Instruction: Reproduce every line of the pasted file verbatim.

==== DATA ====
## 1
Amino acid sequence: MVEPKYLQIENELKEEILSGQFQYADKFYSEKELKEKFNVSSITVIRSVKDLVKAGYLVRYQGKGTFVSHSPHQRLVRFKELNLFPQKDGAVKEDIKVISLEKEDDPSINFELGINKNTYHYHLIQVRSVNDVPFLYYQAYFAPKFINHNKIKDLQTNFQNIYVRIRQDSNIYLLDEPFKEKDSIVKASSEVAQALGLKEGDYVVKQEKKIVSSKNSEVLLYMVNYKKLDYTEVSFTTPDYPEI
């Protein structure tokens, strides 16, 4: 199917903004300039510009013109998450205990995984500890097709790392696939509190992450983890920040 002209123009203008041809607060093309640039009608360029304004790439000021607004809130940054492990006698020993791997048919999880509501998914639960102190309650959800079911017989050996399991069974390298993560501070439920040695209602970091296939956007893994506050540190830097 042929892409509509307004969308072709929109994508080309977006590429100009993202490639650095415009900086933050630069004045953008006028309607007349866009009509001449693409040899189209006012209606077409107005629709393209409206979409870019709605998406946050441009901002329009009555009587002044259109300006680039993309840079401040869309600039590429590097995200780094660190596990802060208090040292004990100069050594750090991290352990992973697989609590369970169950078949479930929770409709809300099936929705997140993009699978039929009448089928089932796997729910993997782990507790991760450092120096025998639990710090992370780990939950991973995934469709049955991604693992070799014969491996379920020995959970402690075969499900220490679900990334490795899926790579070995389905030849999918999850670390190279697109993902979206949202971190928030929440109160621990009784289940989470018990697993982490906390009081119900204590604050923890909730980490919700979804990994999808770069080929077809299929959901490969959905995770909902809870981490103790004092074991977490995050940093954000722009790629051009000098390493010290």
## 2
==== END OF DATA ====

## 1
Amino acid sequence: MVEPKYLQIENELKEEILSGQFQYADKFYSEKELKEKFNVSSITVIRSVKDLVKAGYLVRYQGKGTFVSHSPHQRLVRFKELNLFPQKDGAVKEDIKVISLEKEDDPSINFELGINKNTYHYHLIQVRSVNDVPFLYYQAYFAPKFINHNKIKDLQTNFQNIYVRIRQDSNIYLLDEPFKEKDSIVKASSEVAQALGLKEGDYVVKQEKKIVSSKNSEVLLYMVNYKKLDYTEVSFTTPDYPEI
């Protein structure tokens, strides 16, 4: 199917903004300039510009013109998450205990995984500890097709790392696939509190992450983890920040 002209123009203008041809607060093309640039009608360029304004790439000021607004809130940054492990006698020993791997048919999880509501998914639960102190309650959800079911017989050996399991069974390298993560501070439920040695209602970091296939956007893994506050540190830097 042929892409509509307004969308072709929109994508080309977006590429100009993202490639650095415009900086933050630069004045953008006028309607007349866009009509001449693409040899189209006012209606077409107005629709393209409206979409870019709605998406946050441009901002329009009555009587002044259109300006680039993309840079401040869309600039590429590097995200780094660190596990802060208090040292004990100069050594750090991290352990992973697989609590369970169950078949479930929770409709809300099936929705997140993009699978039929009448089928089932796997729910993997782990507790991760450092120096025998639990710090992370780990939950991973995934469709049955991604693992070799014969491996379920020995959970402690075969499900220490679900990334490795899926790579070995389905030849999918999850670390190279697109993902979206949202971190928030929440109160621990009784289940989470018990697993982490906390009081119900204590604050923890909730980490919700979804990994999808770069080929077809299929959901490969959905995770909902809870981490103790004092074991977490995050940093954000722009790629051009000098390493010290």
## 2